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While waiting to meet with President Eisgruber, Ambassador Gerard Araud chats with Professor Eric Gregory, chair of the Humanities Council, and Professor Elaine Sciolino, former Paris bureau chief of the New York Times. 

Many ambassadors are known for their polished and discreet “diplomatic language.” According to Gérard Araud, however, blunt communication has been just as effective for the job of of the French Ambassador.

Approximately 100 students and faculty members gathered today to hear French Ambassador to the United States Gérard Araud discuss the future of French foreign policy.

Suleiman, professor of international studies and director of the Program in European Politics and Society, introduced the ambassador as “not your run of the mill” diplomat, referring to Araud’s extremely direct mode of communication. Araud’s straightforward way of working deviates from a diplomat’s standard tendencies to use more discreet “diplomatic language,” he said.

Araud’s no-nonsense personality stood out immediately as he walked behind the podium and promptly began his speech, stating his intention was to talk about the French National Elections and Syria before responding to questions from the audience.

When asked about French politics in the past, Araud said he normally began by explaining the differences between the French and American political systems. Today, however, he found himself in a new predicament.

“Our political lives are totally comparable,” he said.

Araud began by stating that many countries in the sphere of Western democracy are experiencing the “same rebellion of some of our citizens.” This “rebellion” refers to the rise of populism across the borders of Western democratic countries. This major shift in politics has manifested itself through Brexit, the election of Trump, and now the popularity of French extreme right-wing politician Marine Le Pen.

“A lot of the French, like a lot of Americans, think that the elites have not delivered,” he said.

According to Araud, many French citizens want to “toss the table” at “nearly any price” because they are dissatisfied with the performance of traditional political parties and feel as if they have been neglected by the political elite.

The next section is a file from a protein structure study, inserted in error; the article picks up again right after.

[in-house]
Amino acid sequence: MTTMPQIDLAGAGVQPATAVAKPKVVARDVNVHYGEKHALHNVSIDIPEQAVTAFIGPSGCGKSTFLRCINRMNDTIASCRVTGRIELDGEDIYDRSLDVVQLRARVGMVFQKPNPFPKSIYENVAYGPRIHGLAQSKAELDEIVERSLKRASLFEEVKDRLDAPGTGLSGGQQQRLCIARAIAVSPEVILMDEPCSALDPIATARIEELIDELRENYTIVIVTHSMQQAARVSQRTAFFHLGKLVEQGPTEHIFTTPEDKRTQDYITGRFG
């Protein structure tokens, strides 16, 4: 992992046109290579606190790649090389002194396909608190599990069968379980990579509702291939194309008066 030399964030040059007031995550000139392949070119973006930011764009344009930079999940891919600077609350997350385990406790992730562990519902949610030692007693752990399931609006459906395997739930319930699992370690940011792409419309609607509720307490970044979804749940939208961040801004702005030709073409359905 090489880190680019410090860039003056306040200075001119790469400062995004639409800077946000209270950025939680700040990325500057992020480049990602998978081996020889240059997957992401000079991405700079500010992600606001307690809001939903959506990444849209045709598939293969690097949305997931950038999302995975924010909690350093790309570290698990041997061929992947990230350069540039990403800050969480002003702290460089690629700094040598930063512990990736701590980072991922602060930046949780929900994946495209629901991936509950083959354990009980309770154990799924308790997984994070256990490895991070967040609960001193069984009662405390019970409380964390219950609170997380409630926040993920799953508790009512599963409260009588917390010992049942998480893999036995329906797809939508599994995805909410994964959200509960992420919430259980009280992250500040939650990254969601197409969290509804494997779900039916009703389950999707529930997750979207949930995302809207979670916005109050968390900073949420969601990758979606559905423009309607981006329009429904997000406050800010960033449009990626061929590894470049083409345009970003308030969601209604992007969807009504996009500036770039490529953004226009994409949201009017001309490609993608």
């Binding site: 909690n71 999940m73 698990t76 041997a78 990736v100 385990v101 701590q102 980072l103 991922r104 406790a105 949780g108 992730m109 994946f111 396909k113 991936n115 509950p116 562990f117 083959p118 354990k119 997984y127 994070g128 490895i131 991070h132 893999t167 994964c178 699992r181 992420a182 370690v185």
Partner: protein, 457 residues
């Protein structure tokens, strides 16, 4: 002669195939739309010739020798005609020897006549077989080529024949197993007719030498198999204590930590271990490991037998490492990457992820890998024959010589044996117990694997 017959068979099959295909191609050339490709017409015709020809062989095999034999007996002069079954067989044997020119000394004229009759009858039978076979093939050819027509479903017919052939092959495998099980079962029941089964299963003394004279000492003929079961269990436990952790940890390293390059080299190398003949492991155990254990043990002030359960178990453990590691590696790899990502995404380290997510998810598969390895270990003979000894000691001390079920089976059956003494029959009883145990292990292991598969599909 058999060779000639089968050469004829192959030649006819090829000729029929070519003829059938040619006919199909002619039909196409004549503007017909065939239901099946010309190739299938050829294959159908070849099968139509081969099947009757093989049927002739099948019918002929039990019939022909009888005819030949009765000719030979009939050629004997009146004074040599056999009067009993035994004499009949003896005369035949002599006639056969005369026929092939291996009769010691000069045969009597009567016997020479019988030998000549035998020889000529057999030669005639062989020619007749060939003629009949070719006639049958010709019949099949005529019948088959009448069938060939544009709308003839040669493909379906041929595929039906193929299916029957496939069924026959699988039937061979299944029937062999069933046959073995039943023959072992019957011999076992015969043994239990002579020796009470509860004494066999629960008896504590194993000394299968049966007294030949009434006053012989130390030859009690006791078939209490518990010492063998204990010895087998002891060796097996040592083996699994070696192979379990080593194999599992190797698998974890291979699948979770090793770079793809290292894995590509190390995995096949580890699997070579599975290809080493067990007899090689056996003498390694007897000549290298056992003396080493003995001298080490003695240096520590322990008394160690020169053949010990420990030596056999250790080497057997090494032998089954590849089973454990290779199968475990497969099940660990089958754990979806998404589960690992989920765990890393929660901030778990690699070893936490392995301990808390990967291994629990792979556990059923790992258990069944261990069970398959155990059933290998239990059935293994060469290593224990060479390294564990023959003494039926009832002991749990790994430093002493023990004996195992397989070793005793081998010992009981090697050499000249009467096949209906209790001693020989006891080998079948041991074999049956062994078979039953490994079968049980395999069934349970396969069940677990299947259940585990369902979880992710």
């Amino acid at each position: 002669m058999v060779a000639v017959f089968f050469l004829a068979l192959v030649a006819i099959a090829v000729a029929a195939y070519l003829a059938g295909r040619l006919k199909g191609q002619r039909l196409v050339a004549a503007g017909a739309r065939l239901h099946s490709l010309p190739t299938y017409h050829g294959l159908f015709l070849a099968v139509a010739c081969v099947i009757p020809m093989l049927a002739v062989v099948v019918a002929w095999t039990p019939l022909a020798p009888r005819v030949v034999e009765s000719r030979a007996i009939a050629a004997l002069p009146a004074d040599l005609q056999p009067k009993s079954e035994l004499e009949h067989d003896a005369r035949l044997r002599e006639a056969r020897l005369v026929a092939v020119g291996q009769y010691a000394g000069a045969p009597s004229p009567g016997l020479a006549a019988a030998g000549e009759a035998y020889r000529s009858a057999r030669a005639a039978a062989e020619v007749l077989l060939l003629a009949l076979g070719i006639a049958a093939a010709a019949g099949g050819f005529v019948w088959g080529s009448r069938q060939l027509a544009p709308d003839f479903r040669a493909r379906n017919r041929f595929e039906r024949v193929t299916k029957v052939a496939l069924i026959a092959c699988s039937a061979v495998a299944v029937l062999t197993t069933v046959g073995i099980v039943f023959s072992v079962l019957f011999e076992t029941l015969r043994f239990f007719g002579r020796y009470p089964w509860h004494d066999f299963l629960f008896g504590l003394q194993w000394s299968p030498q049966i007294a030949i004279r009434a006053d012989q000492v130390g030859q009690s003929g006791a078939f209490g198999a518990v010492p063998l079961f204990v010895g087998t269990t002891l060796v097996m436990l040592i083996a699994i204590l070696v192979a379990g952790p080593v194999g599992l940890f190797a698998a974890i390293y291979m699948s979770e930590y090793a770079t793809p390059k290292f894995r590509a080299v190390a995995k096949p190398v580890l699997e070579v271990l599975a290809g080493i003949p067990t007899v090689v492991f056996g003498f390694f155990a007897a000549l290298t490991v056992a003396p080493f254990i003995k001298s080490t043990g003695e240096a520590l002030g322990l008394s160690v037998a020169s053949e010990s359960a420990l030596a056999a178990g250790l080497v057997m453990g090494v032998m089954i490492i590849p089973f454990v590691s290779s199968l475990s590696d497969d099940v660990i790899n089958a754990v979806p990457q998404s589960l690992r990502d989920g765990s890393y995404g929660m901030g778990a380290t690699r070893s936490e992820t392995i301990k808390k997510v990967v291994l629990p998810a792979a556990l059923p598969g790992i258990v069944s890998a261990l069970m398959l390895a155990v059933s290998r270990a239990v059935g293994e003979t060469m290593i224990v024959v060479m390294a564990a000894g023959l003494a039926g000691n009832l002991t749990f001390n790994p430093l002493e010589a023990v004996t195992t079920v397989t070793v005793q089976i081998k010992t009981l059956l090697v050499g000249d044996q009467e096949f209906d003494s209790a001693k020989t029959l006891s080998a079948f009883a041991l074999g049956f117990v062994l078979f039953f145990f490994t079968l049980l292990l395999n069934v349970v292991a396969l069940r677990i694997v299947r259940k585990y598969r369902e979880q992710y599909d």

He added that 85 percent of voters in support of Marine Le Pen “will vote for her no matter what.” Araud voiced the concern that this extremely dedicated group of voters has the ability to take control of the election.

“Will the majority mobilize against this determined minority?” Araud said that this is the pressing question in France’s current election cycle. The answer to the same question in America and Great Britain has been “no.”

When asked about the consequences of a possible Marine Le Pen presidency, Araud first reminded a few concerned audience members that the transition from one administration to another takes time.

“Just like with any new president, we would have to wait and see how the real policies, as opposed to campaign rhetoric, will play out,” Araud said.

However, Araud sounded much less optimistic about the future of the economy if Le Pen wins the election. Le Pen is running on the promise of getting France out of the Eurozone and the European Union. In previous interviews, Le Pen has described the EU as an institution “poking a knife in your ribs.”

Araud explained that “going out of the EU means devaluation” and further described the consequences as a “world financial crisis.”

He touched upon the major upheaval it would take to simply deal with logistical issues of changing from the Euro to the Franc. Banks would have to close and as during Greece’s financial crisis, a financial standstill would occur. More significantly, the consensus, even held by Marine Le Pen’s National Front, is that the Eurozone cannot exist without France’s participation. Thus, according to Araud, it is possible that France’s exit and the following destruction of the Eurozone could mean the end of the European Union.

While discussing the effects the rise of Western populism will have on foreign policy and the current unstable situation in Syria, Araud stressed that, as a diplomat, he does not live in a “world of wishes” but in a “world of facts” in which he must simply “see what we can do.”

Assad highlighted his realistic take on alleviating tensions in the Middle East, stating that his job as a diplomat is to “handle the world as imperfect it is” and to “try to modify it at a margin.”

The event was held on April 12 at 4:30 p.m. in Robertson Hall. It was sponsored by the European Union Program, an organization that promotes interests in issues relating to the European Union and European politics more broadly.

Staff writer Katie Peterson contributed reporting.

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